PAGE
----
As the last two major holidays of the year loom over the horizon, ‘tis the season in which many of you probably give to charities. Now you might be giving just from the kindness of your heart with no expectation of anything in return, and that’s great. That’s completely awesome as a matter of fact.
But don’t forget that you can claim tax deductions for those gifts. The goal here is to itemize each gift you plan to deduct. There are numerous tax regulations available for giving to charity, but here are the top six from the IRS you should get familiar with.
- Give to Qualified Charities - Only gifts given to qualified charities can be deducted. The IRS has a Select Check Tool you can use to verify if the charity is qualified. Regardless, any donations you give to churches, synagogues, temples, mosques, or government agencies can be deducted, even if it isn’t listed within the Select Check.
- Monetary Gifts - These include gifts of money in the form of cash, check, electronic funds transfer, credit card, or payroll deduction. To deduct any gift of money from your return, you must have a written statement or bank record from the charity - no matter how large or small the amount was. The statement has to show the name of the charity, the date the gift was given, and the amount. Bank records can include voided checks, or bank, credit card, or credit union statements. You can use a pay stub, a W-2, or other documents from your employer if you give through payroll deductions. Make sure the total amount withheld is shown along with the name of the charity.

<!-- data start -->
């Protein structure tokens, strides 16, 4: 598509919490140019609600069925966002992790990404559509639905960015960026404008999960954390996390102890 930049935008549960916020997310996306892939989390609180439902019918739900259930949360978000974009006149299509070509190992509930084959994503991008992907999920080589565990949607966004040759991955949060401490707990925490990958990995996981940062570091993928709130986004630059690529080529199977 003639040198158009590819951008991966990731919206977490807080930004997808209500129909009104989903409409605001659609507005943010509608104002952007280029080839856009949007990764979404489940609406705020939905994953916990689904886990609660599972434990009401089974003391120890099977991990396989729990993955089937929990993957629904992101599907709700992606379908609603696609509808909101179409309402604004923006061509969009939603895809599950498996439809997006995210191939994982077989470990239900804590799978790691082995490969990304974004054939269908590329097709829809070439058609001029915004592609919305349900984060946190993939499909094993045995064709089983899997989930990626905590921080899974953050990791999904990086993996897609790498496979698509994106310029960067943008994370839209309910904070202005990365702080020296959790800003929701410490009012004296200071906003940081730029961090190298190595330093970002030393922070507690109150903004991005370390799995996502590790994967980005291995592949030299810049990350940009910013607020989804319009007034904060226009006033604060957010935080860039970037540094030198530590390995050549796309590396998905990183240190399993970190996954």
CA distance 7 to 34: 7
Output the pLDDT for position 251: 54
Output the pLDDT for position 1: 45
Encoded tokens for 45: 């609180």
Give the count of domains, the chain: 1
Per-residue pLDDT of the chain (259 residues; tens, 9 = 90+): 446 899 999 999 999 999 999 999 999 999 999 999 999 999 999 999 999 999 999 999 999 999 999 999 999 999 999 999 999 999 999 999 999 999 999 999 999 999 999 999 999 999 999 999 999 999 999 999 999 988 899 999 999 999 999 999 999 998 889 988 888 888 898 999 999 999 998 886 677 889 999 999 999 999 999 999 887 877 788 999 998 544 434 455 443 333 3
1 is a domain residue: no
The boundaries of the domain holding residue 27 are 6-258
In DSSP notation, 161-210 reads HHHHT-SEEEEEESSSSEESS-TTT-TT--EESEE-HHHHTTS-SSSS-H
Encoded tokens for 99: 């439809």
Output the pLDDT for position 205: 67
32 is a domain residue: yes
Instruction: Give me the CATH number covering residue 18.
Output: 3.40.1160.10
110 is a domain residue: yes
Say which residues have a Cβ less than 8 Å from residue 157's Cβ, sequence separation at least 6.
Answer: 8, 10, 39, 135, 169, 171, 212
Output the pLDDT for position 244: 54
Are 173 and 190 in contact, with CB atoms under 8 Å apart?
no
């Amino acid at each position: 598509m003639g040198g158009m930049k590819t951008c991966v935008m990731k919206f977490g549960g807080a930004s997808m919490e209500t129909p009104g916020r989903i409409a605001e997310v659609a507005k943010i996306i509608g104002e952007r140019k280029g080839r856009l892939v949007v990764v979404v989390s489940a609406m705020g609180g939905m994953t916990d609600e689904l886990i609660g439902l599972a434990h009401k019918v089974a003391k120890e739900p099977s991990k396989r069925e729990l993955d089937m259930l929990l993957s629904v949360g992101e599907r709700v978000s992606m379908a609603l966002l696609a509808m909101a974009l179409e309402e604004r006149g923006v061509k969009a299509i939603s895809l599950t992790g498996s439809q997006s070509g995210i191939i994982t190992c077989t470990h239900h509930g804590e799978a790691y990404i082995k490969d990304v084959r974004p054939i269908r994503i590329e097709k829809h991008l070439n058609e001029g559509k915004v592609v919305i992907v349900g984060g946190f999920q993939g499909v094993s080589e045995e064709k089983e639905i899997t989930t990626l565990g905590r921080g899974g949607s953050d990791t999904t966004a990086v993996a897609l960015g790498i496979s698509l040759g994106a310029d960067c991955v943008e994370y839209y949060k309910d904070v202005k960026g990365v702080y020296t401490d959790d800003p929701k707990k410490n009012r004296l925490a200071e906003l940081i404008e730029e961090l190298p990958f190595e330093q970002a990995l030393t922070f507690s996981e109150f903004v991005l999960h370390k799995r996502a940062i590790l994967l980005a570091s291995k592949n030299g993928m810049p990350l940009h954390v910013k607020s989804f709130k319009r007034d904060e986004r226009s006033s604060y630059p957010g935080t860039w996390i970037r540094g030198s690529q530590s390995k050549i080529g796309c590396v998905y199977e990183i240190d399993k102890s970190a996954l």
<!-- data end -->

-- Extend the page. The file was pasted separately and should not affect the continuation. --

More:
- Donating Household Items - These items are generally furniture, clothing, furnishings, electronics, appliances, and linens that are in good, used condition. If an item has a deduction of $500 or more, it doesn’t necessarily need to be in good condition, but a qualified appraisal for the item should be included in your tax return.
- Proof of Giving - With each deductible monetary or property donation of $250 or more, you are required to get some sort of record acknowledgement from the charity. This recognition is in addition to the statement given for monetary gifts, though one statement with the required information can suffice.
- End-of-Year Gifts - It’s possible to deduct contributions within the same year you made them. If your gift was charged to a credit card right before the end of 2015, it can still be counted within the 2015 tax year even if you don’t get the bill until 2016. The same can be said for mailed checks as long as the postmark is within 2015.
- Special Rules - For those with the most generous of hearts donating various vehicles to charities, there are special regulations which can be found at the IRS website.
While giving to charities may put you on Santa’s nice list, your deductions aren’t going to do any good if they aren’t prepared around tax time. Give yourself the gift of extra time by e-filing a tax extension with ExpressExtension. Our live tech support in Rock Hill, South Carolina is ready to assist. Call us at (803) 514-5155, Monday through Friday from 9 a.m. to 6 p.m., EST. We also offer 24/7 email support at support@expressextension, and live chat at www.expressextension.com.